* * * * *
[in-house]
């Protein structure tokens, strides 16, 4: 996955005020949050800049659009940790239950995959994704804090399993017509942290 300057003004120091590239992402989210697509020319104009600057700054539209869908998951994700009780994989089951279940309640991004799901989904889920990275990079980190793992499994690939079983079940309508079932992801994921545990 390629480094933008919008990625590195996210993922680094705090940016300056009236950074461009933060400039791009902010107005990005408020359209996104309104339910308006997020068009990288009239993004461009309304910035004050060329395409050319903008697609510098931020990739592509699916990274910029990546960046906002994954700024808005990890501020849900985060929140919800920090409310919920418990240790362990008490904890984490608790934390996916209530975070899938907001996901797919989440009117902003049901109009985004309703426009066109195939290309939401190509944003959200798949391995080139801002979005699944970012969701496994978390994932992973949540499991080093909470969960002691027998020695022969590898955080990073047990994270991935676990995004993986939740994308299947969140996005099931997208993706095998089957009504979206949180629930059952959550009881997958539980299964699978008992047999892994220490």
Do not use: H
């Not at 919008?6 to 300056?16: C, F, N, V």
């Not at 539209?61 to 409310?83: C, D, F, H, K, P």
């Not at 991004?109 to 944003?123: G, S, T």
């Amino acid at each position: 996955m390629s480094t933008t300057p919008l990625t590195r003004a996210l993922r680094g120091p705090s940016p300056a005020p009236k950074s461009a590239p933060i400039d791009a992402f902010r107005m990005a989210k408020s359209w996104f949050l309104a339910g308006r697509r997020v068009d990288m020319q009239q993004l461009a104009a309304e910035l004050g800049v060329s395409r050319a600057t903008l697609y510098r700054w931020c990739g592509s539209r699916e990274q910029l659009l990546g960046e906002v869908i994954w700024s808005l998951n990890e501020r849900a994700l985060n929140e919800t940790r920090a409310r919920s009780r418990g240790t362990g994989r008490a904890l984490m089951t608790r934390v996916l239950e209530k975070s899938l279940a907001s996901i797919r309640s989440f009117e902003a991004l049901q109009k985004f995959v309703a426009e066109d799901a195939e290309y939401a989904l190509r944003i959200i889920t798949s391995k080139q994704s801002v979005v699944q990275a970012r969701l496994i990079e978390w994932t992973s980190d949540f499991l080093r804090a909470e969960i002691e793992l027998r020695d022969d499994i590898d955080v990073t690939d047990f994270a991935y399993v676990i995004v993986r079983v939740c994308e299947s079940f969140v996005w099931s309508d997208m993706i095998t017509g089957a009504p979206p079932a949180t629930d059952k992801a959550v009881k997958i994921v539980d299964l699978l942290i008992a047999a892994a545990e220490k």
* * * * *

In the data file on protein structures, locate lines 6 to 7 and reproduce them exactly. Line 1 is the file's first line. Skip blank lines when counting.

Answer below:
């Not at 991004?109 to 944003?123: G, S, T």
């Amino acid at each position: 996955m390629s480094t933008t300057p919008l990625t590195r003004a996210l993922r680094g120091p705090s940016p300056a005020p009236k950074s461009a590239p933060i400039d791009a992402f902010r107005m990005a989210k408020s359209w996104f949050l309104a339910g308006r697509r997020v068009d990288m020319q009239q993004l461009a104009a309304e910035l004050g800049v060329s395409r050319a600057t903008l697609y510098r700054w931020c990739g592509s539209r699916e990274q910029l659009l990546g960046e906002v869908i994954w700024s808005l998951n990890e501020r849900a994700l985060n929140e919800t940790r920090a409310r919920s009780r418990g240790t362990g994989r008490a904890l984490m089951t608790r934390v996916l239950e209530k975070s899938l279940a907001s996901i797919r309640s989440f009117e902003a991004l049901q109009k985004f995959v309703a426009e066109d799901a195939e290309y939401a989904l190509r944003i959200i889920t798949s391995k080139q994704s801002v979005v699944q990275a970012r969701l496994i990079e978390w994932t992973s980190d949540f499991l080093r804090a909470e969960i002691e793992l027998r020695d022969d499994i590898d955080v990073t690939d047990f994270a991935y399993v676990i995004v993986r079983v939740c994308e299947s079940f969140v996005w099931s309508d997208m993706i095998t017509g089957a009504p979206p079932a949180t629930d059952k992801a959550v009881k997958i994921v539980d299964l699978l942290i008992a047999a892994a545990e220490k």